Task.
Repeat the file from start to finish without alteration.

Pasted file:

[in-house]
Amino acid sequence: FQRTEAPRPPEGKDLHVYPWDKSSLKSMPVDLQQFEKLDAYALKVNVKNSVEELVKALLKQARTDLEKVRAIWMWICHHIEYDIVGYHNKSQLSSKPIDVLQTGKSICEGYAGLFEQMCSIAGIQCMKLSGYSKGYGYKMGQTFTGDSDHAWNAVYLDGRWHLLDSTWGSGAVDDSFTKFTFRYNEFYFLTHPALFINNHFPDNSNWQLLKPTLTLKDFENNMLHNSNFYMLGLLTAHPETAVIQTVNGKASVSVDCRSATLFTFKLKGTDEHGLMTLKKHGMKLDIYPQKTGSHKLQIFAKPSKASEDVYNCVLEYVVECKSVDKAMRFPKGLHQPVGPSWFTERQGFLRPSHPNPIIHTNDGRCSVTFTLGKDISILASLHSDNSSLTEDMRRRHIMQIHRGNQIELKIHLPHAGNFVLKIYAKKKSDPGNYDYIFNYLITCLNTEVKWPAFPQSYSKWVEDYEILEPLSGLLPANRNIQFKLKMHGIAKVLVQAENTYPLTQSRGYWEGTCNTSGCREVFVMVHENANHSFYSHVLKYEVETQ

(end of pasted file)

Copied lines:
[in-house]
Amino acid sequence: FQRTEAPRPPEGKDLHVYPWDKSSLKSMPVDLQQFEKLDAYALKVNVKNSVEELVKALLKQARTDLEKVRAIWMWICHHIEYDIVGYHNKSQLSSKPIDVLQTGKSICEGYAGLFEQMCSIAGIQCMKLSGYSKGYGYKMGQTFTGDSDHAWNAVYLDGRWHLLDSTWGSGAVDDSFTKFTFRYNEFYFLTHPALFINNHFPDNSNWQLLKPTLTLKDFENNMLHNSNFYMLGLLTAHPETAVIQTVNGKASVSVDCRSATLFTFKLKGTDEHGLMTLKKHGMKLDIYPQKTGSHKLQIFAKPSKASEDVYNCVLEYVVECKSVDKAMRFPKGLHQPVGPSWFTERQGFLRPSHPNPIIHTNDGRCSVTFTLGKDISILASLHSDNSSLTEDMRRRHIMQIHRGNQIELKIHLPHAGNFVLKIYAKKKSDPGNYDYIFNYLITCLNTEVKWPAFPQSYSKWVEDYEILEPLSGLLPANRNIQFKLKMHGIAKVLVQAENTYPLTQSRGYWEGTCNTSGCREVFVMVHENANHSFYSHVLKYEVETQ